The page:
Jan 17 Posted 6 years ago
The company seems on the wrong way and forgot about the basics. Real shopping experience will tell you that. Try to contact the company and have your issue resolved, and you will know what I am talking about.
First shop in the store at your own risk. My wife was hurt by a loose security pin on the floor, and the guys in the store says it happens all the time and "it is common".
If you have any issue - return, gift card, accident report - unlucky you! They only have a number to take order, although it is called "customer service line". Everyone is trained to push back. No way to talk to their supervisor because they are their "only for the rep's convenience". They just keep saying someone will call you back, and they will hang up on you if "the conversation is not productive".
Avoid this store if you expect even the basic shopping experience! Google "Abercrombie & Fitch customer comment" to see for yourself. This company will go bankrupt.
Aug 20 Posted 6 years ago
Wonderful and original suggestions. Thanks Julie
Aug 17 Posted 6 years ago
I think A & F is doing right! It can be very hard to take a company that has their set way of doing things and incorporate a new strategy within their current sales and marketing strategies. Using the employees that have the most direct contact with their customers is very smart. It's not just about hopping online and looking at a Facbook page or sitting down to read their tweets. Social media is still about people connecting, and A & F has their employees connecting even more to the customers to get more connection back to the company via the internet. Brilliant!
Aug 13 Posted 6 years ago
Thanks for sharing these ideas, Matt. Here are a few thoughts I would add:
1. The same ideas can be used by organizations to promote and leverage social media with employees and promote internal applications (e.g., the use of Twitter for recruiting) as well.
2. Because it's so easy for people to establish unofficial accounts, it's important for organizations to convey to folks what their official social media channels and platforms are.
3. Whatever approach an organization takes should be informed by a clearly-defined strategy with focused goals. It's not in anyone's best interests to establish a presence on any platform without knowing what the potential benefit might be.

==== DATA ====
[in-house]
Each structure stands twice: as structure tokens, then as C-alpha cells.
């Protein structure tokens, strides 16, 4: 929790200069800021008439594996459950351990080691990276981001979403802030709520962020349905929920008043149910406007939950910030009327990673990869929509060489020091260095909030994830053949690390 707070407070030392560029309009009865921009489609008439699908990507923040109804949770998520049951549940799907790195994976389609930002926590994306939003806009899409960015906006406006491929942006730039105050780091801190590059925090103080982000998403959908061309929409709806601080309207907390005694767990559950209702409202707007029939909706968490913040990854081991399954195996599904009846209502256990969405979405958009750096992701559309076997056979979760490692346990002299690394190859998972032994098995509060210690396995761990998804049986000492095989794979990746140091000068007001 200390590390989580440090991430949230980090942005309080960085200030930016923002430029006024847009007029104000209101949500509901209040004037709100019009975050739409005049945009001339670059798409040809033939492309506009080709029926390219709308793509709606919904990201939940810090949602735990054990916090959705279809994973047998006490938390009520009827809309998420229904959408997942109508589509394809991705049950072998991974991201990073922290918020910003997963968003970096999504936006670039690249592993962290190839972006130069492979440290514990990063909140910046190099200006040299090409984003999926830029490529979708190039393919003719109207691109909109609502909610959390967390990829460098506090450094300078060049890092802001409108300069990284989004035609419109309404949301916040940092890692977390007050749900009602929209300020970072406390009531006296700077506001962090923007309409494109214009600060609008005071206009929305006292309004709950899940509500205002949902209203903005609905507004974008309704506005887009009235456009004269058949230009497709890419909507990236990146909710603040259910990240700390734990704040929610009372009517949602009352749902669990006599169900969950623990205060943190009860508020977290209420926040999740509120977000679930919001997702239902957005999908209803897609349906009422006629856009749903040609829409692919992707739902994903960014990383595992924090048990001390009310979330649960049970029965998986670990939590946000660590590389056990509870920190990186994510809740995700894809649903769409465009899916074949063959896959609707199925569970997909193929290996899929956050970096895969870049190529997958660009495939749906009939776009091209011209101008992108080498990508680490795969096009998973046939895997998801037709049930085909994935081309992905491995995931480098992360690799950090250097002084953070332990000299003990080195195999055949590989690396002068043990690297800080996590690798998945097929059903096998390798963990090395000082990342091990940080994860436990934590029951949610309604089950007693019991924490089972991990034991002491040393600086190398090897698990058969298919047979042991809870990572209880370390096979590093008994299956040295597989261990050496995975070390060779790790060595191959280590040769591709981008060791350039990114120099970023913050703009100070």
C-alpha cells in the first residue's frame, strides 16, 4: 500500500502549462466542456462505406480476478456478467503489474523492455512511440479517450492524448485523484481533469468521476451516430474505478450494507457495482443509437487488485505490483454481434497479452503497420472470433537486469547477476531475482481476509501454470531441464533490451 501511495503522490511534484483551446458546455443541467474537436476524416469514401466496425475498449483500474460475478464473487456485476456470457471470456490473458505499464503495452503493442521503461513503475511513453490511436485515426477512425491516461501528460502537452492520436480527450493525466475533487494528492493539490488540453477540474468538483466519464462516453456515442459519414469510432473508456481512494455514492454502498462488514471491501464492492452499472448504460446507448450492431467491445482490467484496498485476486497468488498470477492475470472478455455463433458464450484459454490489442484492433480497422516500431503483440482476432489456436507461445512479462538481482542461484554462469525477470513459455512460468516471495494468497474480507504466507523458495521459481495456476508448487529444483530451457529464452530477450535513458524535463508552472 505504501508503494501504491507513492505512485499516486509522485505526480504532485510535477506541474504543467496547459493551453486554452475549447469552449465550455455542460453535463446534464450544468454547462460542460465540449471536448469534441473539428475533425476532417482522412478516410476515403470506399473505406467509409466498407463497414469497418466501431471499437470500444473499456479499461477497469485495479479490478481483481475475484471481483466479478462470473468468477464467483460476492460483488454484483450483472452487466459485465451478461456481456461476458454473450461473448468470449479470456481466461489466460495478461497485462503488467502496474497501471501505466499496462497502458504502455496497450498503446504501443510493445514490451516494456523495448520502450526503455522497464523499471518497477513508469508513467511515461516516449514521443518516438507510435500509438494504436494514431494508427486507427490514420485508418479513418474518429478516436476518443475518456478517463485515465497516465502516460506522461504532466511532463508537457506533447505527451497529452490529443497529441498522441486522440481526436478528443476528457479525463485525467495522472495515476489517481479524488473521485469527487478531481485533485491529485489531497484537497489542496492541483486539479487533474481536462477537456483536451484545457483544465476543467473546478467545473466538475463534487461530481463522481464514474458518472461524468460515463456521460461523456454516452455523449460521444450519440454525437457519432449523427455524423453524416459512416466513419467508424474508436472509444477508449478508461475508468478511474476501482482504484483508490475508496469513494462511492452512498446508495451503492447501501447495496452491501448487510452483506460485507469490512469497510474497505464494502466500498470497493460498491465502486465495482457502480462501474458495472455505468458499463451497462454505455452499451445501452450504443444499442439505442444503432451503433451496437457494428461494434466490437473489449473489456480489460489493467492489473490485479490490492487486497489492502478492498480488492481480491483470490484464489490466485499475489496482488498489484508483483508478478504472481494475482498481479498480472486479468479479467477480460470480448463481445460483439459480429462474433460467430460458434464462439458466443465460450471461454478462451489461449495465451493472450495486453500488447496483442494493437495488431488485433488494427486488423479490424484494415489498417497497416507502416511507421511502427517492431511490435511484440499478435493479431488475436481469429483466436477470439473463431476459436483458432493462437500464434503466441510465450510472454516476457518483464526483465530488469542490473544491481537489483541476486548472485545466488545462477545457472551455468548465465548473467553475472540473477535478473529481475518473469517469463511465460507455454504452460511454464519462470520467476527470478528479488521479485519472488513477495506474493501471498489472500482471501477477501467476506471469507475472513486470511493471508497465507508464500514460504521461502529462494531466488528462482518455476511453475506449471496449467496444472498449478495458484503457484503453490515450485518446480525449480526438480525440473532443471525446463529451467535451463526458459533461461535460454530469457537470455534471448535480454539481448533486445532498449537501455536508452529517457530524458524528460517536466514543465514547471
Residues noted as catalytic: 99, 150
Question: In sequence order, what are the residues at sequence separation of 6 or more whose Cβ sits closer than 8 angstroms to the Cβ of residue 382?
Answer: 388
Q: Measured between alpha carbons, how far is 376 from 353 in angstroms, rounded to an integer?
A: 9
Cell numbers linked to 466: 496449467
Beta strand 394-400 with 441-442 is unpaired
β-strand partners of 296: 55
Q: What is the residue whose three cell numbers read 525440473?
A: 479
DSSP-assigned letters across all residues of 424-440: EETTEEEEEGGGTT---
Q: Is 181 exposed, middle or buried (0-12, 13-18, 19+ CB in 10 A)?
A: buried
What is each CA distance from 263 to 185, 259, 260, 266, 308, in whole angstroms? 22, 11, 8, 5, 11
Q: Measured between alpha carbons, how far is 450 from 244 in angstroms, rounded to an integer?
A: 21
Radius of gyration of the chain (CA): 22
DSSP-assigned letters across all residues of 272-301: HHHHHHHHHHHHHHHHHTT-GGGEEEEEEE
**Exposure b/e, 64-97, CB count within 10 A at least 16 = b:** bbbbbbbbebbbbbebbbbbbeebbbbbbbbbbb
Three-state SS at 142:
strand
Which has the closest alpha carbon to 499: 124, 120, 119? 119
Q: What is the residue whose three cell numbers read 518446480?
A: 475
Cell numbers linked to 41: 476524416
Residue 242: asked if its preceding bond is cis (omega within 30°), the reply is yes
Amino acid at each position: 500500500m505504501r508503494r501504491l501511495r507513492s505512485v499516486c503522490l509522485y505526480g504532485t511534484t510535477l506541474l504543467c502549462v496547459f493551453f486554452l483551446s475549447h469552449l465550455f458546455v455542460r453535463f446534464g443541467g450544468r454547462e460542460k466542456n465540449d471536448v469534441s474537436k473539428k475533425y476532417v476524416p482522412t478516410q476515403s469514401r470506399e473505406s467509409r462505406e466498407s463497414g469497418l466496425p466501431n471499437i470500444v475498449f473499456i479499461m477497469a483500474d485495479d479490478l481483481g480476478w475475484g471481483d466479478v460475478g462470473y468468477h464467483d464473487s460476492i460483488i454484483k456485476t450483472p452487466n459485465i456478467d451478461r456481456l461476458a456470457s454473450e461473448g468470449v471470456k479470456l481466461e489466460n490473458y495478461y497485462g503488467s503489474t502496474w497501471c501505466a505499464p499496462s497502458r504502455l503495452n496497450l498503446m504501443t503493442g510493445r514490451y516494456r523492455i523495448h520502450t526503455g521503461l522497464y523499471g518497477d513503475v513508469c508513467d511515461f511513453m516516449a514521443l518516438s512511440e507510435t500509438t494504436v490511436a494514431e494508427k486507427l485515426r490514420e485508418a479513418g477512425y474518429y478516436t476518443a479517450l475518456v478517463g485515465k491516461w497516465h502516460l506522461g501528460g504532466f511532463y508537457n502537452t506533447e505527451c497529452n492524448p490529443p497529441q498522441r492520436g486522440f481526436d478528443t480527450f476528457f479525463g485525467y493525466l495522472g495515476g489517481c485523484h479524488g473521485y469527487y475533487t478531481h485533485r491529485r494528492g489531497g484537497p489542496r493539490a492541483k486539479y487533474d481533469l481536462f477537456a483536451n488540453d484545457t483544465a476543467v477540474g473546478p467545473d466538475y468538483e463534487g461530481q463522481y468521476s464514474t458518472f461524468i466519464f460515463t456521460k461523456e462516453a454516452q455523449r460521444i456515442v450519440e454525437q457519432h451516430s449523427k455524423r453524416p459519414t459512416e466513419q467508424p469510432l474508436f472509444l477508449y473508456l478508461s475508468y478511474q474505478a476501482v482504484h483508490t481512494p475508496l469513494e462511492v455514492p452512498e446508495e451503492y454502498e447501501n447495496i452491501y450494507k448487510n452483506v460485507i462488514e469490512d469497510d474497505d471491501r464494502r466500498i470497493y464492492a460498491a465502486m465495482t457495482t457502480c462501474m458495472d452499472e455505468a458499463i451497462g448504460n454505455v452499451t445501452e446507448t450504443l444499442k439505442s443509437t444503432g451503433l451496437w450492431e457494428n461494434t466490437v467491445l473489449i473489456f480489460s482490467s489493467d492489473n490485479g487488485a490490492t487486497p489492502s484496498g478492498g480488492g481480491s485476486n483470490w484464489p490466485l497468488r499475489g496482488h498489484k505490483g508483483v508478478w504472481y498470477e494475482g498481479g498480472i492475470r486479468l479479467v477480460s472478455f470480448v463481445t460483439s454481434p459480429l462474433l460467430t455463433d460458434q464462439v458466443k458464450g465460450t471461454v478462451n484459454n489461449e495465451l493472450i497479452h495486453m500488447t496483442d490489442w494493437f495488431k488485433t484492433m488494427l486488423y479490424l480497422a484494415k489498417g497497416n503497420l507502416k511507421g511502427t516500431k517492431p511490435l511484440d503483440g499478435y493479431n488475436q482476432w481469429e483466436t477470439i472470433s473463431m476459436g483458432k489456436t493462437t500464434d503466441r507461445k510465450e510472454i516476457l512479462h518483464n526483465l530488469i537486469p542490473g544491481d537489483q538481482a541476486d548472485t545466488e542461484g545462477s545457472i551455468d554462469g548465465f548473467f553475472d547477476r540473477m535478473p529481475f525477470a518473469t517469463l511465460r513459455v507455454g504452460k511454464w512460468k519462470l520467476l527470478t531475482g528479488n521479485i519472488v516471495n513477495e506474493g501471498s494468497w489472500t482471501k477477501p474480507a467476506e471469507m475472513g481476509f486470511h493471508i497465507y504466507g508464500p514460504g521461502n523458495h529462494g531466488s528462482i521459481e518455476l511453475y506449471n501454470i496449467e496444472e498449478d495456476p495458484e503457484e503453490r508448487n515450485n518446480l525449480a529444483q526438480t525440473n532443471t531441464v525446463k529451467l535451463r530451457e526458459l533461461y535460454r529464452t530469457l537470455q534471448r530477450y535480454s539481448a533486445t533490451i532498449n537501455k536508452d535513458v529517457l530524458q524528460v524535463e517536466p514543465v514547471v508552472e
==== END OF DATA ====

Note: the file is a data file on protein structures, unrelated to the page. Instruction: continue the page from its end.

4. To extend Julie's ideas, channel addresses should be included on people's business cards as well. That's a great use of the back of a card, for example. And for certain roles, it might make sense to create a "social media calling card" as well. I have done that for the Social Media in Organizations (SMinOrgs) Community I've founded, for example, so that people have specific information about how they can engage with us.
5. To Marco's point, I don't see this as an either/or proposition. It's all a part of creating brand awareness and developing business - social media channels are just new ways of doing that.
Aug 9 Posted 6 years ago
Integrating your company's social media efforts into the script of every employee is so simple, yet so important. I also realize how difficult this can be, but Abercrombie has obviously made their social media strategy a priority. They have captured millions of eyes and are poised to capture millions more with consistent efforts such as this. Now I haven't been in an Abercrombie store recently, but what are some other ways that they, and other retailers could promote their social media efforts at retail?
- On the backs of dressing room doors put Facebook and twitter logos along with your handles. Suggest that customers tweet photos of themselves in their new Abercrombie duds to win a prize for "Best Dressed".
- Put the Yelp! logo and ask customers to Yelp about their experience in the store that day.
- Receipts are a terribly underutilized ad space as well. The backs, the fronts, etc. People keep receipts or at least look at them several times before tossing them.
- Bottoms and insides of shopping bags. Print your FB & Twitter addresses here too possibly with a contest (Those soda cap campaigns must be working, they have been doing them for years! Borrow a good idea!)
- Clothing tags. Yes, seriously. The paper ones with prices and the cloth ones inside with washing instructions. Levis is doing it with their recycle campaign which is awesome, but seriously, print your facebook and twitter info on tags.
How else do you feel Abercrombie and other retailers could be promoting their social media efforts in-store?
Aug 9 Posted 6 years ago
As a social media marketer I love that they are pushing this initiative, but after going to their Facebook page it's a bit sketchy. There are 5 pictures of shirtless boys asking to be a model - I understand their want, but to see this on a Facebook page with the caption "I am 15.... " is a bit much for me. Maybe they'll find a better way to get submissions.
Thanks for the article though - as said previously the initiative is great!
Aug 9 Posted 6 years ago
Interesting to see a company doing it right and taking the strategy seriously. I do wonder however, how many of its fans are from direct store contact rather than just traditional brand awareness.
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